Spreading rumours, fake news on social media punishable under law

Perspectives

False reports and rumours about the coronavirus outbreak have been doing the rounds on social media of late, creating fear and panic among the people.
On Thursday, a hoax voice message claiming the first case of COVID-19 had been confirmed at the Yangon General Hospital spread quickly on Facebook messenger. The message, recorded in a male voice, said the hospital’s deputy medical superintendent had confirmed the coronavirus case.
Due to growing fears of the virus’s spread, people have been flocking to buy necessities and food.
The Ministry of Health has warned the public that rumours circulating on COVID-19 cases in the province are all false, and that there are currently no confirmed cases of the virus in Myanmar.
People have been advised not to believe the rumours and fake information. Those spreading fake information and rumors on social media are violating the law. Those found spreading rumors intentionally to cause panic will be punished according to the law.
Rumours and misinformation spread fast when people are afraid.
With the World Health Organization declaring COVID-19 a pandemic on 11 March, the government yesterday announced the suspension of public gatherings, including the New Year water festival, until 30 April, adding that if needed, the suspension period will be extended.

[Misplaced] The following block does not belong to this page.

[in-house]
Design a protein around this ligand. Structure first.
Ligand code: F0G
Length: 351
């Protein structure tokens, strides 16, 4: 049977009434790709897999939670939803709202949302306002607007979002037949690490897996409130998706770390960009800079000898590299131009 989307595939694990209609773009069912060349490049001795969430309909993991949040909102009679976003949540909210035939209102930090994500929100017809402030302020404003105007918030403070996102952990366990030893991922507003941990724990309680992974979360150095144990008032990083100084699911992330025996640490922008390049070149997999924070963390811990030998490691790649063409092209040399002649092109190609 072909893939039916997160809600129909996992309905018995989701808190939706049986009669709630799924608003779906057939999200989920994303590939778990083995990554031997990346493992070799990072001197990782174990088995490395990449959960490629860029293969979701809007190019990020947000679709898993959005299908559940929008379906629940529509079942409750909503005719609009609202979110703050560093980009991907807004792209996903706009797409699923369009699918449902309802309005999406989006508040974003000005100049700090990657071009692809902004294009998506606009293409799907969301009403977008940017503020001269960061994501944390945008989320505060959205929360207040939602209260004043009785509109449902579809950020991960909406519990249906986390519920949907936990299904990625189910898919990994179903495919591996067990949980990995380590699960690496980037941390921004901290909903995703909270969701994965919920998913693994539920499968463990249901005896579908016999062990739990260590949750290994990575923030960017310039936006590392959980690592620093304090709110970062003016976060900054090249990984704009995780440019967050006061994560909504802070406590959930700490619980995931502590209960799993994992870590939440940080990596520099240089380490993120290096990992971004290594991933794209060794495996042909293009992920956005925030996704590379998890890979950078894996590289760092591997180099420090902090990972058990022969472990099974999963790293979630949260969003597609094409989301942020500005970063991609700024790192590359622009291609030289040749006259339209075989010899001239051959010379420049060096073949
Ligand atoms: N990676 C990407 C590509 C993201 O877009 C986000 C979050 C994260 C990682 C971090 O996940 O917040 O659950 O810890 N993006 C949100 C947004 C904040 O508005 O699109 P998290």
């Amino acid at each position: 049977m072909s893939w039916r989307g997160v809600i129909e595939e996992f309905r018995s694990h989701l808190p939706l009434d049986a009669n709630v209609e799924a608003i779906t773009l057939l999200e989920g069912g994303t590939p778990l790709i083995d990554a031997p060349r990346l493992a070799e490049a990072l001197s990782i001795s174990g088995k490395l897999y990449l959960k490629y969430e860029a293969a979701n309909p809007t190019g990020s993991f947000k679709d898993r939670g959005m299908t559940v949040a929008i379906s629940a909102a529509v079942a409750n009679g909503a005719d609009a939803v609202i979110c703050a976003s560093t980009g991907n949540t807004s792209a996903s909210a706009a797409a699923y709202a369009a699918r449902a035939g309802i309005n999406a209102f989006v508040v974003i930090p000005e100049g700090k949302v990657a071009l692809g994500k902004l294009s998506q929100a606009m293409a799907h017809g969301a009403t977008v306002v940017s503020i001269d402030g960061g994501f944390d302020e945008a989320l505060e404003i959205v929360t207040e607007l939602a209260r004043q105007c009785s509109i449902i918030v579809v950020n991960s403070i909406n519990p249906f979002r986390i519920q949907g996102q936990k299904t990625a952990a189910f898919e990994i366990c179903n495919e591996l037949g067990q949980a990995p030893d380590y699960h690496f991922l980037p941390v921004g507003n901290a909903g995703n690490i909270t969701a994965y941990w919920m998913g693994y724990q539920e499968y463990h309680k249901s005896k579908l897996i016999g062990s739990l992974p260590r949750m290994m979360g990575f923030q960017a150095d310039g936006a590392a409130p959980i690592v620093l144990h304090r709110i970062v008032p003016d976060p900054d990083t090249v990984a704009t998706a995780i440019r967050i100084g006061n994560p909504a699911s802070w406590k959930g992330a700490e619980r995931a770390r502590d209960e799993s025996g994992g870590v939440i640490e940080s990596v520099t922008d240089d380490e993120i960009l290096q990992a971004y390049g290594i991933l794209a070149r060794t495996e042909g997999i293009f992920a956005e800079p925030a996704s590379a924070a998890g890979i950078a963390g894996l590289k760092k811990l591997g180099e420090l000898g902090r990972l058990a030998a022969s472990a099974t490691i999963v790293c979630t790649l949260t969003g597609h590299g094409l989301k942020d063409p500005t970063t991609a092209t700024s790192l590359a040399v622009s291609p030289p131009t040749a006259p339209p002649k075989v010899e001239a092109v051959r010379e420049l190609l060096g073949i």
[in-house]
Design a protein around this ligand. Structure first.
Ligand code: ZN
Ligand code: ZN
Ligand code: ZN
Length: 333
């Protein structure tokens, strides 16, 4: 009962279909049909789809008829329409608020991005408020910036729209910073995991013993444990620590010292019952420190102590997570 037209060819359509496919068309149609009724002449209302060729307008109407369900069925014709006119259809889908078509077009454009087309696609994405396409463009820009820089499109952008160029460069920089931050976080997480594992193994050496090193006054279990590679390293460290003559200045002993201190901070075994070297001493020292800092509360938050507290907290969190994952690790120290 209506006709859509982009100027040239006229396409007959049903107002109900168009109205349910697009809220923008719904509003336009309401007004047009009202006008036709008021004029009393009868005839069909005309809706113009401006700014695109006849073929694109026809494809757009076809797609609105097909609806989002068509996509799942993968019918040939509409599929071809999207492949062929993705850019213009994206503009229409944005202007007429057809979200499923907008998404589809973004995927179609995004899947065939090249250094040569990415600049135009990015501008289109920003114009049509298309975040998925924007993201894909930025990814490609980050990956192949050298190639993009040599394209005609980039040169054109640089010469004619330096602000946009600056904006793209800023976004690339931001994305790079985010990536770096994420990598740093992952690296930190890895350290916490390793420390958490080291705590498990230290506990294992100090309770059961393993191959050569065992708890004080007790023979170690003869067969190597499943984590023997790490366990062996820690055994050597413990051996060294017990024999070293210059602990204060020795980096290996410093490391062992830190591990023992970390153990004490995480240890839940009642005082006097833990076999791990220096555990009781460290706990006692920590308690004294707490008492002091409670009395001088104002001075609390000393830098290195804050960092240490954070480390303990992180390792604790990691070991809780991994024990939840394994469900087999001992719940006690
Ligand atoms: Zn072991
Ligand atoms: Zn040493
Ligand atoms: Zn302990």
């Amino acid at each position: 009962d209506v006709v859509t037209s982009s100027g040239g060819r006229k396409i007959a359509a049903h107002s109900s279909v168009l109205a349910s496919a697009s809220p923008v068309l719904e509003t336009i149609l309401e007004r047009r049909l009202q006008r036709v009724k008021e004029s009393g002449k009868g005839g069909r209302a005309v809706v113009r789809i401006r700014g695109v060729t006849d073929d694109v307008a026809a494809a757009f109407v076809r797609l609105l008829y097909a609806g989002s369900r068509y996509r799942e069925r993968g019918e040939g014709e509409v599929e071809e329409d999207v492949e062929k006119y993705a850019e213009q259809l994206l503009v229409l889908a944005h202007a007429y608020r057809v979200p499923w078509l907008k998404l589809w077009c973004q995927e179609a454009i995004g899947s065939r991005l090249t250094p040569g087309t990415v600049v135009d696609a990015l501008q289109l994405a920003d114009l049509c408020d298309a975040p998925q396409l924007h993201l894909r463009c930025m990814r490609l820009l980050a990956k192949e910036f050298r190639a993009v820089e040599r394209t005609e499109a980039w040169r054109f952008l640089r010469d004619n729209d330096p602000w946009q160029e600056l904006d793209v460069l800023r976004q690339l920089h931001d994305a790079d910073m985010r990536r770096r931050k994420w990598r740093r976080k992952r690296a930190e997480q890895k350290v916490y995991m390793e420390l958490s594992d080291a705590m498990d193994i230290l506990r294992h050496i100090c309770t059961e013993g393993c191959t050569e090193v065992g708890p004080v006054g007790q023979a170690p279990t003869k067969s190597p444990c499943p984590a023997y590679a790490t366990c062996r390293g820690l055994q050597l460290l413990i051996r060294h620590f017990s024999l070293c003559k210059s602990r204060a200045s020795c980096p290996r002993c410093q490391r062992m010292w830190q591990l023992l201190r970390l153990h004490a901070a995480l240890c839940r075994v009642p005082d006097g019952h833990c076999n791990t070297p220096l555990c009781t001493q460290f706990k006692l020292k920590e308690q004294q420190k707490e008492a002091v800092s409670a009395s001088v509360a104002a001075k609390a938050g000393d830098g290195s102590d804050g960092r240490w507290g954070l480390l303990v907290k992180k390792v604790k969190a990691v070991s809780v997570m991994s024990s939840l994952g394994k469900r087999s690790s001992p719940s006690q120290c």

The WHO’s announcement has called on countries, including Myanmar, to strengthen and speed up plans to respond to the virus, which include reducing long-term negative consequences as a result of the virus, increasing effectiveness of health regulations to prevent its spread, reducing negative effects on the national economy, other sectors, and potential losses, and disseminating health precautions and guidelines to the general public.
People must take note that there are no confirmed cases of COVID-19 in our country yet, and the government’s measures are intended to check any coronavirus infection as the virus can spread rapidly in crowded places.
After declaring the COVID-19 a pandemic, the WHO has made six recommendations to the public to prevent the transmission of the virus: activate emergency response, organize public participation in disease control measures, identify cases and quarantine confirmed patients, conduct laboratory tests in suspected cases, and follow personal hygiene.
Instead of falling for fake news and rumors about the coronavirus, people have been advised to adhere to the general health guidelines and precautionary measures issued by the Ministry of Health and Sports.
Anyone found spreading fake information and rumours on social media about coronavirus in the country will be punished according to the online law.

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